In this section, we will address the issue of misusing cookies, focusing on cross-site request forgery. Let’s consider a scenario where a user interacts with a browser and intends to visit a bank’s website, the user sends a login request and receives a cookie from the bank as a result. This cookie allows the user to perform further operations on the site, assuming the login was successful. However, if the user is tricked in to visiting a malicious website, such as http://www.dangerous.com, and the dangerous site sends a request to bank on behalf of the user, the user’s cookie associated with the bank is sent along with it. Unfortunately, this is how browsers function, and if the bank is not cautious, the dangerous site can initiate transactions on behalf of the user without the user’s awareness.
To mitigate this risk, there are two protections available in the .NET Core world:
- Antiforgery Tokens
- SameSite cookies
Antiforgery Tokens are implemented using the form tag helper in ASP.NET. While it appears to be a regular form tag, it generates additional code, including a hidden input field containing a token. This token ensures that only forms generated by ASP.NET itself can be successfully submitted, rejecting any requests without the proper token. To enhance the effectiveness of the Antiforgery token mechanism, controller’s actions must be decorated with the validate Antiforgery token attribute. Even if the dangerous site sends a token on behalf of the user, the absence of the Antiforgery token generated by the ASP.NET form will result in the request being rejected, keeping the user safe.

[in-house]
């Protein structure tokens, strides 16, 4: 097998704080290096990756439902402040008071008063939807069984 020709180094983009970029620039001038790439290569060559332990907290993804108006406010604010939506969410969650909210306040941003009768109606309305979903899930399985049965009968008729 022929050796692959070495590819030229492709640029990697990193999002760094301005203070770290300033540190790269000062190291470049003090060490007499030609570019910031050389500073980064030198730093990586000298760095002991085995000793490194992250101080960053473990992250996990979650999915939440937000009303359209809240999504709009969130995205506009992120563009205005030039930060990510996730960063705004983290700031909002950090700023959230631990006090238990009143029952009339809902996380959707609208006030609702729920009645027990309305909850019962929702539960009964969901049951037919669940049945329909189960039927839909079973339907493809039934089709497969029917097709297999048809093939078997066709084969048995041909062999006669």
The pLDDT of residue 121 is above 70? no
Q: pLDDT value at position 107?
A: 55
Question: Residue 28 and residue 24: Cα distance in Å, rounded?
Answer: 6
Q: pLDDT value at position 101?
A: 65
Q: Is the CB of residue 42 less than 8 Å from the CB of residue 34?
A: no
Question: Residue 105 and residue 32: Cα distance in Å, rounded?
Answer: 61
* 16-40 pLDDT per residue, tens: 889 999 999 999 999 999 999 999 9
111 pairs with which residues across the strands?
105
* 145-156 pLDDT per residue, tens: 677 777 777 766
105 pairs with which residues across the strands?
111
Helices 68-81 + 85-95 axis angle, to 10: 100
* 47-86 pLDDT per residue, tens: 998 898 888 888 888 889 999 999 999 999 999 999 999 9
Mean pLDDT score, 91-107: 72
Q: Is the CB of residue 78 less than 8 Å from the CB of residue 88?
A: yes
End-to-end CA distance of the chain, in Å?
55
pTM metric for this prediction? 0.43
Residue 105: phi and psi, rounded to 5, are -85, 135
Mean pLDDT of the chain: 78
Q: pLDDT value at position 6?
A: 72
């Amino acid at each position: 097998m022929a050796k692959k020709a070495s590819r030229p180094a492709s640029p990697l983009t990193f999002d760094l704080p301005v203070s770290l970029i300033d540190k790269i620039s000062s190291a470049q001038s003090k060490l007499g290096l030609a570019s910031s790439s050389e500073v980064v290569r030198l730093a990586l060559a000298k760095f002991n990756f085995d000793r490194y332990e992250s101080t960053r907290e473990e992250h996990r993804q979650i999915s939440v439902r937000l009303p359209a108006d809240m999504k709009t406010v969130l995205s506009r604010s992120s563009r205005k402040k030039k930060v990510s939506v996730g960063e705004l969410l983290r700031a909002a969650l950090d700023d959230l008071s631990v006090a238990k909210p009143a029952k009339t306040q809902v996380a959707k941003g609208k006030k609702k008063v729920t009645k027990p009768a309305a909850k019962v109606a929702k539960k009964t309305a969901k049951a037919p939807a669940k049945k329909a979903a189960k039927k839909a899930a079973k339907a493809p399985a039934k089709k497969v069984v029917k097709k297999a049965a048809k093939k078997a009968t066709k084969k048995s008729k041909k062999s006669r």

Another approach to address cross-site forgery is the usage of SameSite Cookies.
These special cookies can only be sent directly to the bank and not from a third-party website. Samesite cookies work by distinguishing between their path and regular cookies. When a user send a request, the receive both a regular cookie and a SameSite cookie. The SameSite cookie behaves differently than the regular cookie. When the user visits a website like http://www.dangerous.com, only the regular cookie will be sent to the bank’s website, while the SameSite cookie remains protected by the browser itself. This provides effective solution to prevent cross-site request forgery.
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